Del. David L. Englin, who announced last spring that he would not seek a fifth term because of an extramarital affair, will resign from Virginia’s House of Delegates in August.
When disclosing the affair in April, the Alexandria Democrat said he had not decided whether he would finish out his term or resign before it expires in January 2014. In a letter to supporters Thursday, he said he had decided to step down at the end of August so he could focus on repairing his personal life.
“In April, I announced that I would not seek another term in elected office in order to focus on rebuilding my marriage and my family,” Englin said in the letter. “That remains my highest priority, and I have concluded that the time has come for my family and me to leave public life.
“Therefore, earlier today, I submitted to the House Clerk, the Speaker, and Governor McDonnell my resignation from the House of Delegates, effective August 31. To ensure the best possible stewardship of taxpayer resources, I also conveyed my hope that Governor McDonnell will schedule the special election to coincide with the general election on November 6.”
Once considered a rising Democratic star, Englin was an outspoken supporter of gay and women’s rights, health care and economic equality. The boyish-looking Air Force veteran and former Eagle Scout gained national attention this year as the first delegate to use the term “vaginal probe” on the House floor while debating a bill requiring that women get an ultrasound before an abortion.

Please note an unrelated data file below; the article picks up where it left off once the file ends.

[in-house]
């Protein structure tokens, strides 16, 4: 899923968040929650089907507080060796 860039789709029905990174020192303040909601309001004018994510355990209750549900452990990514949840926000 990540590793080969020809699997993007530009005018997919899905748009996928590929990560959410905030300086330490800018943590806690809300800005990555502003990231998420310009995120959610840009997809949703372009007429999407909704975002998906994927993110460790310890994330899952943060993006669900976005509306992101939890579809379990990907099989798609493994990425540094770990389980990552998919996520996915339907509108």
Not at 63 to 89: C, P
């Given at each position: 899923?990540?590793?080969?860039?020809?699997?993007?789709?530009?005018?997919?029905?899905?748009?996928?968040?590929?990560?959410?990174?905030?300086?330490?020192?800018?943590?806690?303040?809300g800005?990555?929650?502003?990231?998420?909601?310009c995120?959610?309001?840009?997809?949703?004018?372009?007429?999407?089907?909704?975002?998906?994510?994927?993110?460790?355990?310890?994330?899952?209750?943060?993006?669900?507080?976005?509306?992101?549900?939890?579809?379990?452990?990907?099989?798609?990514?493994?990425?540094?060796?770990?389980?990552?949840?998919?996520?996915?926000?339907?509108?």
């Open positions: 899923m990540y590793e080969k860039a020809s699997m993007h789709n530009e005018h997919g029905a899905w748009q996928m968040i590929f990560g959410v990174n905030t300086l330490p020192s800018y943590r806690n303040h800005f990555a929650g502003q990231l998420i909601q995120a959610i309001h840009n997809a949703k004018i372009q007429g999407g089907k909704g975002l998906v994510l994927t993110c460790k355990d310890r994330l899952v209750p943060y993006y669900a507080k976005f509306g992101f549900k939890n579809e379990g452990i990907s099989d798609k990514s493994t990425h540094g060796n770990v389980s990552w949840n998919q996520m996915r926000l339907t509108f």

In his letter, Englin endorsed Karen Gautney to be his successor.
“Karen Gautney and her partner of 23 years are longtime Alexandria residents, and she has a distinguished record of service to our community,” he wrote. “Her leadership roles include chairwoman of the Alexandria Commission on Human Rights, president of the Alexandria Gay and Lesbian Community Association, and diversity trainer for the domestic violence and sexual assault programs. Karen’s early professional experience was in law enforcement as a special agent with the U.S. Naval Criminal Investigative Service, which gives her insight into the challenges of first responders as well as military service members and veterans.
“Her promising career as a federal law enforcement officer was cut short unjustly because of her sexual orientation, driving her strong desire to defend the right of all people to be treated fairly and with dignity and respect. She went on to a graduate degree in family therapy and a second career as a non-profit executive in a mental health association.”
Alexandria City Councilman Rob Krupicka (D), who made an unsuccessful bid for state Senate last year, also plans to run for Englin’s seat.
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